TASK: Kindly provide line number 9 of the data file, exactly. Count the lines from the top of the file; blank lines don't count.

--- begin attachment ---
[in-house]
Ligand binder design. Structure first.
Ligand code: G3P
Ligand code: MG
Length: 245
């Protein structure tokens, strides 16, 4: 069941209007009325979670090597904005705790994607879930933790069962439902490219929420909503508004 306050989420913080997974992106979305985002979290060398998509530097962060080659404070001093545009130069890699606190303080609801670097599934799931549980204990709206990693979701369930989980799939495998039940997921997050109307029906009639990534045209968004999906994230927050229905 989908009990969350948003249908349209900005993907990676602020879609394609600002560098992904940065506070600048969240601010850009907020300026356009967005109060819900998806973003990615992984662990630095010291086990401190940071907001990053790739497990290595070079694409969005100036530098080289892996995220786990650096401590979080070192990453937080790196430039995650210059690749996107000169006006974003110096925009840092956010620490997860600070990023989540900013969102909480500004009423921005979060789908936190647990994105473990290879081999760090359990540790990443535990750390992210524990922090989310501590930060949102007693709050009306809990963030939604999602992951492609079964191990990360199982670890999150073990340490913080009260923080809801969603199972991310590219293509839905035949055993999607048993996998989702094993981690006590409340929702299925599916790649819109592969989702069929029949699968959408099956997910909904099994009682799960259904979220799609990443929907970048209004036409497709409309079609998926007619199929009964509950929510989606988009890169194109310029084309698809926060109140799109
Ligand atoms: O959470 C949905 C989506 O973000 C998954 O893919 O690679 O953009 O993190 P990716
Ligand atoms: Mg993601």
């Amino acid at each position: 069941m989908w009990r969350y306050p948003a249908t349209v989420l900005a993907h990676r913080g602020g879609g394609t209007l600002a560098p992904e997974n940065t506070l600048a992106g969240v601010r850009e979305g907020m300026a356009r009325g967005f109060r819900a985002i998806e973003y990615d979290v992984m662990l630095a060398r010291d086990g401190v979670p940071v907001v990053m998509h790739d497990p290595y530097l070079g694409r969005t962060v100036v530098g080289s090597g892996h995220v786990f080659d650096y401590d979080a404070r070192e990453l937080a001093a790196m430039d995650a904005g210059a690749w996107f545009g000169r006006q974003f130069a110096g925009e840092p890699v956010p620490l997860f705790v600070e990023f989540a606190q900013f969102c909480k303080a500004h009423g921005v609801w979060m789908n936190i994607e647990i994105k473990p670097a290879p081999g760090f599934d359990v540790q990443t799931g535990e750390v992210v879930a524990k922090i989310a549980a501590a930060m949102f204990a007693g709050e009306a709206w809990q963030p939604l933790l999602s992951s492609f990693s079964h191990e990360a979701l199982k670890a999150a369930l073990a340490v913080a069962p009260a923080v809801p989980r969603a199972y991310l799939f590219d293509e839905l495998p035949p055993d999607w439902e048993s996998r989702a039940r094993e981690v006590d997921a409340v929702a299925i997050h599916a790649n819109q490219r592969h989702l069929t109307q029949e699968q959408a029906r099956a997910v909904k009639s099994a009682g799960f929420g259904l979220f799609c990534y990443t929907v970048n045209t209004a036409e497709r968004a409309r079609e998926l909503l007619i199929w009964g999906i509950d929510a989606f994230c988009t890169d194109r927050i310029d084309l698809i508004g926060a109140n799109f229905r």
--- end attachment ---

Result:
């Amino acid at each position: 069941m989908w009990r969350y306050p948003a249908t349209v989420l900005a993907h990676r913080g602020g879609g394609t209007l600002a560098p992904e997974n940065t506070l600048a992106g969240v601010r850009e979305g907020m300026a356009r009325g967005f109060r819900a985002i998806e973003y990615d979290v992984m662990l630095a060398r010291d086990g401190v979670p940071v907001v990053m998509h790739d497990p290595y530097l070079g694409r969005t962060v100036v530098g080289s090597g892996h995220v786990f080659d650096y401590d979080a404070r070192e990453l937080a001093a790196m430039d995650a904005g210059a690749w996107f545009g000169r006006q974003f130069a110096g925009e840092p890699v956010p620490l997860f705790v600070e990023f989540a606190q900013f969102c909480k303080a500004h009423g921005v609801w979060m789908n936190i994607e647990i994105k473990p670097a290879p081999g760090f599934d359990v540790q990443t799931g535990e750390v992210v879930a524990k922090i989310a549980a501590a930060m949102f204990a007693g709050e009306a709206w809990q963030p939604l933790l999602s992951s492609f990693s079964h191990e990360a979701l199982k670890a999150a369930l073990a340490v913080a069962p009260a923080v809801p989980r969603a199972y991310l799939f590219d293509e839905l495998p035949p055993d999607w439902e048993s996998r989702a039940r094993e981690v006590d997921a409340v929702a299925i997050h599916a790649n819109q490219r592969h989702l069929t109307q029949e699968q959408a029906r099956a997910v909904k009639s099994a009682g799960f929420g259904l979220f799609c990534y990443t929907v970048n045209t209004a036409e497709r968004a409309r079609e998926l909503l007619i199929w009964g999906i509950d929510a989606f994230c988009t890169d194109r927050i310029d084309l698809i508004g926060a109140n799109f229905r």